Punjab Police: Fabricating Terrorism through Illegal Detention and Torture
June 2005 to August 2005
October 5, 2005
Punjab Police: Fabricating Terrorism Through Illegal Detention and Torture
(San Francisco, CA, October 5, 2005) Ensaaf today released its report, Punjab Police: Fabricating Terrorism through Illegal Detention and Torture (June 2005 to August 2005). This report details human rights violations committed by Indian security forces in recent militancy-related arrests. From June 2005 to August 2005, Indian police claim to have arrested several dozen individuals intent on reviving or supporting militancy in Punjab. These arrests center around the apprehension of Jagtar Singh Hawara, the main accused in the 1995 assassination of Punjab's chief minister.
Indian security forces routinely resorted to illegal and incommunicado detention. Further, the Punjab police frequently tortured the detainees.
In August and September 2005, Ensaaf documented 28 cases of detention of Punjabis accused of militancy-related activities. Its study reveals that, in contravention of international and domestic laws, Indian security forces routinely resorted to illegal and incommunicado detention. Further, the Punjab police frequently tortured the detainees. Torture methods included electric shocks, tearing the legs apart at the waist and causing pelvic and muscle injury, and pulling out the hair and beard of the detainees, among other techniques. The police also threatened and detained immediate family members of the targeted individual.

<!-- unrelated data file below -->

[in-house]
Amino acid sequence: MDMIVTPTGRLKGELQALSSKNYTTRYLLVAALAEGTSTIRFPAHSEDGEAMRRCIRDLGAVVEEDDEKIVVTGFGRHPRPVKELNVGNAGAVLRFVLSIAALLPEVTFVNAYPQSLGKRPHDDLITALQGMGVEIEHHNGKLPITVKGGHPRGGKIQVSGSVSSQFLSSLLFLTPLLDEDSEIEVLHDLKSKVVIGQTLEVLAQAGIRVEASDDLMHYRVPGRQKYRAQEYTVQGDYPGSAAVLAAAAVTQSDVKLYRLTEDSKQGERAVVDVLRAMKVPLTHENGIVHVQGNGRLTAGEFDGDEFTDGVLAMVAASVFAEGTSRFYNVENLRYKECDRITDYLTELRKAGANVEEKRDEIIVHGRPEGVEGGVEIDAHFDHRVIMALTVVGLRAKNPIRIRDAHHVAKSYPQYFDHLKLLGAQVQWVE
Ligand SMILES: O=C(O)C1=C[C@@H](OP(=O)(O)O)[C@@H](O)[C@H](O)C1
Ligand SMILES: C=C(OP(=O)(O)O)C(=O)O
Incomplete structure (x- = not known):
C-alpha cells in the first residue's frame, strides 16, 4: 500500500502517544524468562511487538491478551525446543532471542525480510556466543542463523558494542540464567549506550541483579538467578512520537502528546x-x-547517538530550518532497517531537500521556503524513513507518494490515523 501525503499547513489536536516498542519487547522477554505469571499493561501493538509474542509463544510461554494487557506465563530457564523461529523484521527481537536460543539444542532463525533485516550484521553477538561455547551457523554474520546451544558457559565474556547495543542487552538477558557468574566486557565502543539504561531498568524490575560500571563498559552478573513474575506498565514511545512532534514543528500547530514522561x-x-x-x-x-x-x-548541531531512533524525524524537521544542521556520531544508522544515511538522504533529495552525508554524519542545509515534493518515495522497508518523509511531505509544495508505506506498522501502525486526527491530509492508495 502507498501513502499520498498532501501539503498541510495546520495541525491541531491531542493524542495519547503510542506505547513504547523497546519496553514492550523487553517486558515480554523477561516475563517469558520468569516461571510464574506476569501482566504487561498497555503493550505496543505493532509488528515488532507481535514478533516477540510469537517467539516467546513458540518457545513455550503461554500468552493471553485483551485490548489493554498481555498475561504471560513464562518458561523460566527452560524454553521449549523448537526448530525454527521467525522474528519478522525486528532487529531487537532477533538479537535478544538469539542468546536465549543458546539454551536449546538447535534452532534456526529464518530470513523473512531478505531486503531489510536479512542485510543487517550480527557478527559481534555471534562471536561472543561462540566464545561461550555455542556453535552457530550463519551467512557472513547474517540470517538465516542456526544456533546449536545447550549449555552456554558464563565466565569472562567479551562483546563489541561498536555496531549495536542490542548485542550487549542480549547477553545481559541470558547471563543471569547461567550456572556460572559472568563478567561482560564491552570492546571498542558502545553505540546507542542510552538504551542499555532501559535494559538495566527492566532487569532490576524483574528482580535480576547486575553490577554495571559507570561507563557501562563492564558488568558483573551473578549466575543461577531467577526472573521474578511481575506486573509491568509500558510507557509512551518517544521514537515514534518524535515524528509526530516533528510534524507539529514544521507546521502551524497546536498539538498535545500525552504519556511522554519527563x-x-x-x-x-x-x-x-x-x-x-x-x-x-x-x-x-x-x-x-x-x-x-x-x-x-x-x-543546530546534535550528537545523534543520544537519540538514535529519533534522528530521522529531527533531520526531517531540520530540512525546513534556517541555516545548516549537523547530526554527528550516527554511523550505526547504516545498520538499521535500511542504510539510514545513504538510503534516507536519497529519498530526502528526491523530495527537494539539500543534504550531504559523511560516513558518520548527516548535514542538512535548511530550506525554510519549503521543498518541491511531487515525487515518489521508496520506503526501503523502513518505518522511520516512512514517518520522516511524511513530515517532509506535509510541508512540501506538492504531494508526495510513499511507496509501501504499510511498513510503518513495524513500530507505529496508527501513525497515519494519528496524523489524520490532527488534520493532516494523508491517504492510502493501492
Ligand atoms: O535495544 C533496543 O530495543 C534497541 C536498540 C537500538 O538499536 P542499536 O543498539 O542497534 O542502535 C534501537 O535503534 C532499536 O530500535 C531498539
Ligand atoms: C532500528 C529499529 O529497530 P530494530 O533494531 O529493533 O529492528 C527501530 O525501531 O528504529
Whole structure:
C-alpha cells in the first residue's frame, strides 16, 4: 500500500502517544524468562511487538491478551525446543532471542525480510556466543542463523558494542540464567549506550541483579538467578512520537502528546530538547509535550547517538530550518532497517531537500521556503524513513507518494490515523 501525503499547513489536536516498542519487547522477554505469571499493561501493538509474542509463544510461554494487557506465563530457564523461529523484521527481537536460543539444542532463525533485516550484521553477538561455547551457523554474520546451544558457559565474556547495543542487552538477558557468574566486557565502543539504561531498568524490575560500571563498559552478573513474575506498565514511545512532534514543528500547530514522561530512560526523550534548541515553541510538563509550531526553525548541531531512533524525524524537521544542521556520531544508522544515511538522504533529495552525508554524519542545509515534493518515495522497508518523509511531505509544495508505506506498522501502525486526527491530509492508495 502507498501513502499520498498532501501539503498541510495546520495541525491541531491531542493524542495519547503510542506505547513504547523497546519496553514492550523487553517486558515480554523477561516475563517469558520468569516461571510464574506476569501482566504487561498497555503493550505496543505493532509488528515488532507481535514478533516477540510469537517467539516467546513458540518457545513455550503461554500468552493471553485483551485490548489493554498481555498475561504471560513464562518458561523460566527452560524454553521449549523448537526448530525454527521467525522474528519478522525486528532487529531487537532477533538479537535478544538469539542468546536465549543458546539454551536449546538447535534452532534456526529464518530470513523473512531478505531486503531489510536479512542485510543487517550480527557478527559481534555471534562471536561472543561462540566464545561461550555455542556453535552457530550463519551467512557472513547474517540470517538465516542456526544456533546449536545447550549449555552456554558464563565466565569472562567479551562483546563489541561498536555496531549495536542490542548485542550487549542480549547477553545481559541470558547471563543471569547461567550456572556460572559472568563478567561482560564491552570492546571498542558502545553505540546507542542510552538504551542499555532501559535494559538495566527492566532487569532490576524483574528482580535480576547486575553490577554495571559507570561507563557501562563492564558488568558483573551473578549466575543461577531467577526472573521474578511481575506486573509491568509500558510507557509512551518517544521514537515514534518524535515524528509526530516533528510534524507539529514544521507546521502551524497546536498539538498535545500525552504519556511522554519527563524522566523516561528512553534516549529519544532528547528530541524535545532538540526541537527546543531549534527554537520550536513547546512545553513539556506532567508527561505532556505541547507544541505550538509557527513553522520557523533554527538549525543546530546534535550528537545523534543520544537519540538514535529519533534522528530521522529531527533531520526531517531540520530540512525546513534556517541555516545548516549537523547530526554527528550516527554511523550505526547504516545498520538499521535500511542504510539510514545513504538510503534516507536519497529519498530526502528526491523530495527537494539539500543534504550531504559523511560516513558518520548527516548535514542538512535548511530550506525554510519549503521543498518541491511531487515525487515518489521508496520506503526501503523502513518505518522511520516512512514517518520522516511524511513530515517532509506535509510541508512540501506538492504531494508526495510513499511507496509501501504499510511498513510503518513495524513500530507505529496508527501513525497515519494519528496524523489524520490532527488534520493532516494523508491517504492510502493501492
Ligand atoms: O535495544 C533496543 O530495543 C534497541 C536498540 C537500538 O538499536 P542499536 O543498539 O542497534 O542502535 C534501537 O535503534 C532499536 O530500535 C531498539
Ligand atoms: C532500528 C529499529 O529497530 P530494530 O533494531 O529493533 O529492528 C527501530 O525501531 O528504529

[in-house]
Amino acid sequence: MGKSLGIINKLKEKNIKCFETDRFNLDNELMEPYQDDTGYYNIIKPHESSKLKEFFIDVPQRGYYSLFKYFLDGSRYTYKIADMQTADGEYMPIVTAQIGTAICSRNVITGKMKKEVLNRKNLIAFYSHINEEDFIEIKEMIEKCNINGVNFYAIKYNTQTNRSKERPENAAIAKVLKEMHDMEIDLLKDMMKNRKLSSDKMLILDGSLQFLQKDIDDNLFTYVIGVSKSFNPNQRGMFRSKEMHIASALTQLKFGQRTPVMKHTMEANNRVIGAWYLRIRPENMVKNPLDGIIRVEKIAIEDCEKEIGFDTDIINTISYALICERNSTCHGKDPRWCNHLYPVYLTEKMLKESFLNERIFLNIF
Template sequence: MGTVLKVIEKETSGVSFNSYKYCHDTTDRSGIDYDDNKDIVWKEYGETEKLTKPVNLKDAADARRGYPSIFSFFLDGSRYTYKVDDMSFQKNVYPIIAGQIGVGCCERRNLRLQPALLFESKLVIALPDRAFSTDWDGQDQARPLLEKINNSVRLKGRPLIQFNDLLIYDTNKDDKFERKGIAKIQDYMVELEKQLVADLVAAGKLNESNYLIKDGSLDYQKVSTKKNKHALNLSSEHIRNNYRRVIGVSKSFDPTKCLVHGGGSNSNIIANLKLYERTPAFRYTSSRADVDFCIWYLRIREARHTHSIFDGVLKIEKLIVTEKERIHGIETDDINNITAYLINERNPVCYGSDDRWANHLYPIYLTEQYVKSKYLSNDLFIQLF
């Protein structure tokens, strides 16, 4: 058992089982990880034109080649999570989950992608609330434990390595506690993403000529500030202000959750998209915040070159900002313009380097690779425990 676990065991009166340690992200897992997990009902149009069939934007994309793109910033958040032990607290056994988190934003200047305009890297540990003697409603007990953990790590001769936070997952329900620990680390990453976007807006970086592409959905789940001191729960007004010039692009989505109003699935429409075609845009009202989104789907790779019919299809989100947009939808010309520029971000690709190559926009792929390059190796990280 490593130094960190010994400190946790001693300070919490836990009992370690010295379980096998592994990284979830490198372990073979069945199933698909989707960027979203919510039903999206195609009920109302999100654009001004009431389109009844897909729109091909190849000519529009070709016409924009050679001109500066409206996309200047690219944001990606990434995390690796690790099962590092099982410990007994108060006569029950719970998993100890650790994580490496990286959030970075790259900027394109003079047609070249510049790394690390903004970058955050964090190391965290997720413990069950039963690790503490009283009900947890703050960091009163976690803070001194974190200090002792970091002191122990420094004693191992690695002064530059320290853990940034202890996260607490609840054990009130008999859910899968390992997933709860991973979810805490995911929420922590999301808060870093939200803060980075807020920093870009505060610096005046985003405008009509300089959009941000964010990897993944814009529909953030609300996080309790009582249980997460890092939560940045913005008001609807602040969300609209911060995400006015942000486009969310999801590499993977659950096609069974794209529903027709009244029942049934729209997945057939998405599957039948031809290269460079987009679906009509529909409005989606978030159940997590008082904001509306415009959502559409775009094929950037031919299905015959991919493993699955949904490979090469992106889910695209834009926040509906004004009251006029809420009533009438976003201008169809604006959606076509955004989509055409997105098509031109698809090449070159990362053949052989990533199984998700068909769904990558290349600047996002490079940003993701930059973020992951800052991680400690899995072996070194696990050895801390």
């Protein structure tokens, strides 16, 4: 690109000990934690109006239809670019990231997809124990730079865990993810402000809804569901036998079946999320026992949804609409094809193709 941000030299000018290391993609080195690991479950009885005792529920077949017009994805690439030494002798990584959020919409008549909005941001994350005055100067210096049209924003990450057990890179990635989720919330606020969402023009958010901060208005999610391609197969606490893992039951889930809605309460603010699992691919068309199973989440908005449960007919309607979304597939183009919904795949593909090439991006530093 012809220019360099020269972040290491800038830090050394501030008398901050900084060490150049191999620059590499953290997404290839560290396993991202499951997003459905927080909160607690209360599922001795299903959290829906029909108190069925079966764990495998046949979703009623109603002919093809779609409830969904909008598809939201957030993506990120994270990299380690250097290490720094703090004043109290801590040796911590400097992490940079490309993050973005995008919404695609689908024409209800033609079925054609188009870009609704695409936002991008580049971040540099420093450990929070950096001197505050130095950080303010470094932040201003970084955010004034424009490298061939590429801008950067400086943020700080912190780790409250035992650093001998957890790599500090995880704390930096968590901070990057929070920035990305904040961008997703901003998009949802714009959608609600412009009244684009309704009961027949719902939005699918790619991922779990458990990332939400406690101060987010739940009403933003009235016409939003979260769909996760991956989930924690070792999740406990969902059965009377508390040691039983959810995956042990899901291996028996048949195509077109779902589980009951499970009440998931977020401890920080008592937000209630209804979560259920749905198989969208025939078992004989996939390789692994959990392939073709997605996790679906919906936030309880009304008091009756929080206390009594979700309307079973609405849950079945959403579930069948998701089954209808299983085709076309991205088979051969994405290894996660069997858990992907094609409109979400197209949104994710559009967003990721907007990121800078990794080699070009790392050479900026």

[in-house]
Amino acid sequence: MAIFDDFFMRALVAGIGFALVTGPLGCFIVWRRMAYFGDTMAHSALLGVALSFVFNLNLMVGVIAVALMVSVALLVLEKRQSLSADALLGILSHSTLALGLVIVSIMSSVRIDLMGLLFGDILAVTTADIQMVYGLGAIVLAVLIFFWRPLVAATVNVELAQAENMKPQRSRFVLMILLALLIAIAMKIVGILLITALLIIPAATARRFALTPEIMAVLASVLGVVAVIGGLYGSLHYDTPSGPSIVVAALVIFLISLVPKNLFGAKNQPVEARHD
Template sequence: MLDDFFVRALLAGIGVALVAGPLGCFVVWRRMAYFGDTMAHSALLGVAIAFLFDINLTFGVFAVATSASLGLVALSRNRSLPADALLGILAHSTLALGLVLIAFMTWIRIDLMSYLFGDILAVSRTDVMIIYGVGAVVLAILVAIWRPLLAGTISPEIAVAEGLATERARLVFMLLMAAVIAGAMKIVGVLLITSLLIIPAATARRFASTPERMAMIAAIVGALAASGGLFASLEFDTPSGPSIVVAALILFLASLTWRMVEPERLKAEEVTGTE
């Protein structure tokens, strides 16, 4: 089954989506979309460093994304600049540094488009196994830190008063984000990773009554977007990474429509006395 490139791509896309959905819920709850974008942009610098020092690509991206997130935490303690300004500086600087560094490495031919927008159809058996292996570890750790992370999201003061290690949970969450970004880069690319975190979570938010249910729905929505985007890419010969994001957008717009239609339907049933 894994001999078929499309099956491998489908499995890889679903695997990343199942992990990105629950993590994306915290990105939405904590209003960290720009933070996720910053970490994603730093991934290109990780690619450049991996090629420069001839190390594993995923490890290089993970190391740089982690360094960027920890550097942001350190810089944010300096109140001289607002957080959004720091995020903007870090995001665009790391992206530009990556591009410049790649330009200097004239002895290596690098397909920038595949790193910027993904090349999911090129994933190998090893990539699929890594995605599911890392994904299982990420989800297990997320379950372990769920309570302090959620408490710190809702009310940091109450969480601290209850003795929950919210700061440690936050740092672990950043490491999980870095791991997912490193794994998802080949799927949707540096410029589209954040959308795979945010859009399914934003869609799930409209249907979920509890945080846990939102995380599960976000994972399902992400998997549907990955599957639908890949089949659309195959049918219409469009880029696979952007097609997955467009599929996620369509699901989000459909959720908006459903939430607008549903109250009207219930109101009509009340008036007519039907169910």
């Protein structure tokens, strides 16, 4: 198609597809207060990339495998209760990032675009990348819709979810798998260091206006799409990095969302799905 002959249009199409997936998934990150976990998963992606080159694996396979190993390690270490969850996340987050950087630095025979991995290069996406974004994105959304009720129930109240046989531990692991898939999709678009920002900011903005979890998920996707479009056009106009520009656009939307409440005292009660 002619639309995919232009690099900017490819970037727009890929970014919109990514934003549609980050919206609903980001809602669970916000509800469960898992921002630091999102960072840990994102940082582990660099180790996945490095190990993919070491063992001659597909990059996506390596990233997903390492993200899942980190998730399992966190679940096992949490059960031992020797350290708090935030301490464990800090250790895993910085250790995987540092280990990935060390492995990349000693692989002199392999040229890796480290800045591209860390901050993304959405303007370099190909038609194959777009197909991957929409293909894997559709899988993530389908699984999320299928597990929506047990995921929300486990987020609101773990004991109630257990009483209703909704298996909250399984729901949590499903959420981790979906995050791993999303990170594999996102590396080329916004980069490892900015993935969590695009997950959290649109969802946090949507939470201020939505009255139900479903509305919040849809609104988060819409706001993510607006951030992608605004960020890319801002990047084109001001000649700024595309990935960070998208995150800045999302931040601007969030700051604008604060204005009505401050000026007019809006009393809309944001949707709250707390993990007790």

“The majority of detainees whose experiences are discussed in this report remain in the custody of Indian security forces and continue to be at risk of illegal detention and torture, among other custodial abuses,” said Ensaaf's Executive Director, Jaskaran Kaur. “Government officials have not publicly acknowledged, investigated, or redressed the violations,” she said.
The Indian police have constructed and presented elaborate stories of thwarted militant crimes, recovered weapons, captured human bombs, and the discovery of an international network to revive militancy in Punjab. These stories have concealed the escalation in human rights abuses committed in the name of national security and indicate that police fabricated evidence to support criminal charges. Because of conflicting reports between the government and families of detainees regarding dates and circumstances of arrest and detention, these cases should be investigated immediately by an impartial body.